A Case for Cursive

It seems more and more schools are eliminating their cursive programs.  Apparently it’s no longer a relevant skill, and schools just don’t have time for it.  Excuse me for seeming a bit old-fashioned here, but I believe a big mistake is being made.  There are plenty of very valid reasons to keep cursive in the curriculum.

The most obvious case for cursive comes from the ability to read documents of the past.  A great deal of important historical documents were written in cursive.  Now sure, printed copies of these documents are also available online, but you know what isn’t available online?  Obscure historical documents.  Want to read grandma’s recipe book?  Odds are it’s in cursive, and odds are, there is no translation on the internet.  If any family journals, diaries, or interesting documentation exists in the dusty archives of family attics, there is a good chance some of it will be in cursive.  Taking the ability to read cursive from children is taking away a small piece of their histories away from them.

Cursive is also another tool a child has to express themselves.  My oldest son had the print handwriting of a drunk axe murderer.  I struggled to read anything he had written, and he grew frustrated at being unable to communicate.  Then, I taught him cursive, and he was suddenly a different student.  His cursive was neat and very legible.  The drama of poor handwriting was instantly gone.  This certainly isn’t true for all children, but giving them another way to communicate is not a waste of time.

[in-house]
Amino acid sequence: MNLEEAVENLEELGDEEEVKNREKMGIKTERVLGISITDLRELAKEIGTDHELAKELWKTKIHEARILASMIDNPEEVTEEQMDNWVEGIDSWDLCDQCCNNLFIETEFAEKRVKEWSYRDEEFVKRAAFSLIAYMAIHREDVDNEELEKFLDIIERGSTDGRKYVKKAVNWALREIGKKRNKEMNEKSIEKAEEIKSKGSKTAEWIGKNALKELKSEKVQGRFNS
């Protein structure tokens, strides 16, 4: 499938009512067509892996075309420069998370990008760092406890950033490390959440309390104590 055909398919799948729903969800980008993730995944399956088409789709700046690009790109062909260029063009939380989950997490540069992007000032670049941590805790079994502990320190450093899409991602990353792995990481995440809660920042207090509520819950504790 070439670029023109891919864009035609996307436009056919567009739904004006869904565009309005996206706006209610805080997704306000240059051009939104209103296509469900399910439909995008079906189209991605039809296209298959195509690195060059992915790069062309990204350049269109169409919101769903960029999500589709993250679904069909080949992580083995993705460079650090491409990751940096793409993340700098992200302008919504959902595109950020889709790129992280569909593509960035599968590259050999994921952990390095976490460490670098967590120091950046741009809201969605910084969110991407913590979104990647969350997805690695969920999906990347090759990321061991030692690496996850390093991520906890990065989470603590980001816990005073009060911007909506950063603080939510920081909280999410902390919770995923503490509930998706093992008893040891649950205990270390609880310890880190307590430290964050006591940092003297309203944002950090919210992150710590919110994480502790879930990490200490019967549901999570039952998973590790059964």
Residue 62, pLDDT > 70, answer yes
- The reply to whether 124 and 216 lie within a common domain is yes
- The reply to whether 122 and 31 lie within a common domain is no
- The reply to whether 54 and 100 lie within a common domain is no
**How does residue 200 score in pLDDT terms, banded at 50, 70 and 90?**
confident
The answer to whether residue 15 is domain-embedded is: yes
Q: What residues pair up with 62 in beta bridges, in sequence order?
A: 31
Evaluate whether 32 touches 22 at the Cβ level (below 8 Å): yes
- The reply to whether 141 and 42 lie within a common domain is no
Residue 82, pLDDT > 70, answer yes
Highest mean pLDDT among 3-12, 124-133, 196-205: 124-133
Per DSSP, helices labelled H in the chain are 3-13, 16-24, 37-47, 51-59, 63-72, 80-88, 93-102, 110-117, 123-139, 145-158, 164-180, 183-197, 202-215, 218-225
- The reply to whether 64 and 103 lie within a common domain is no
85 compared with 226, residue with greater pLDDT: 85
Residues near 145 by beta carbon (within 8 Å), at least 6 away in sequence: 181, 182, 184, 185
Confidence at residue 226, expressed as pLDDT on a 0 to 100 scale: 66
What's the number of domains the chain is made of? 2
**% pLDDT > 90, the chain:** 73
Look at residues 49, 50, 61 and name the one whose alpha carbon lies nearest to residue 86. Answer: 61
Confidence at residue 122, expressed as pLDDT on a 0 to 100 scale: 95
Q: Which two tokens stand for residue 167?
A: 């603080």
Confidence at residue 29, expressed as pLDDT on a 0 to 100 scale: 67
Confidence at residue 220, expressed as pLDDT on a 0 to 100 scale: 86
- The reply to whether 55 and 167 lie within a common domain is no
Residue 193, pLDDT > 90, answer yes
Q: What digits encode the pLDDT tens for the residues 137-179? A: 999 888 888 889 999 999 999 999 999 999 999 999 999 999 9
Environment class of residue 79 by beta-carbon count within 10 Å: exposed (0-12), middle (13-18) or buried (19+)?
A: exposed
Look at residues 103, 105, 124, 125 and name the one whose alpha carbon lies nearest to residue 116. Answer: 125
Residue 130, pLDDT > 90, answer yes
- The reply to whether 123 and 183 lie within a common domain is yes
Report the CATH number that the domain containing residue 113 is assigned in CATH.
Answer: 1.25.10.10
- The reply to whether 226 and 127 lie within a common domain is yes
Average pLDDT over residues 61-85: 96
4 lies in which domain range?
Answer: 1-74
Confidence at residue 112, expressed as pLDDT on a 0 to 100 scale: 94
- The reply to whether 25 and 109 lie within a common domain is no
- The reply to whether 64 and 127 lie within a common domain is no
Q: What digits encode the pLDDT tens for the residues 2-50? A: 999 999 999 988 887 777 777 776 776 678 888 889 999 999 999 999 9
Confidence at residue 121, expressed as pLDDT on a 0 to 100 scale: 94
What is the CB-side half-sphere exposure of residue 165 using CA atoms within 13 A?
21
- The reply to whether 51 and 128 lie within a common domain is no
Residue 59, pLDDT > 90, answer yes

Additionaly, in most of Europe, cursive is still very much the norm for everyday written communication.  Arguably, if an American student is corresponding with a European, it will probably be done in text, rather than hand-written letters.  However, should an American find themselves traveling or living in Europe, it would do them well to be able to read handwritten notes.

Finally, cursive is not time-consuming to teach.  We spent about five minuets a day, four days a week, for about 8 weeks to teach the basics of cursive.  Much more time was needed to master cursive; but if I, a homeschool parent with no background in education, can teach it that easily, then surely it can’t require that much time, can it?

For many people, cursive is a skill that might see only occasional use.  However, for such an easy skill to learn, with so many potential uses, it seems foolish to write it out of the curriculum (no pun intended).  In our house, cursive will always have a place in our schedule.


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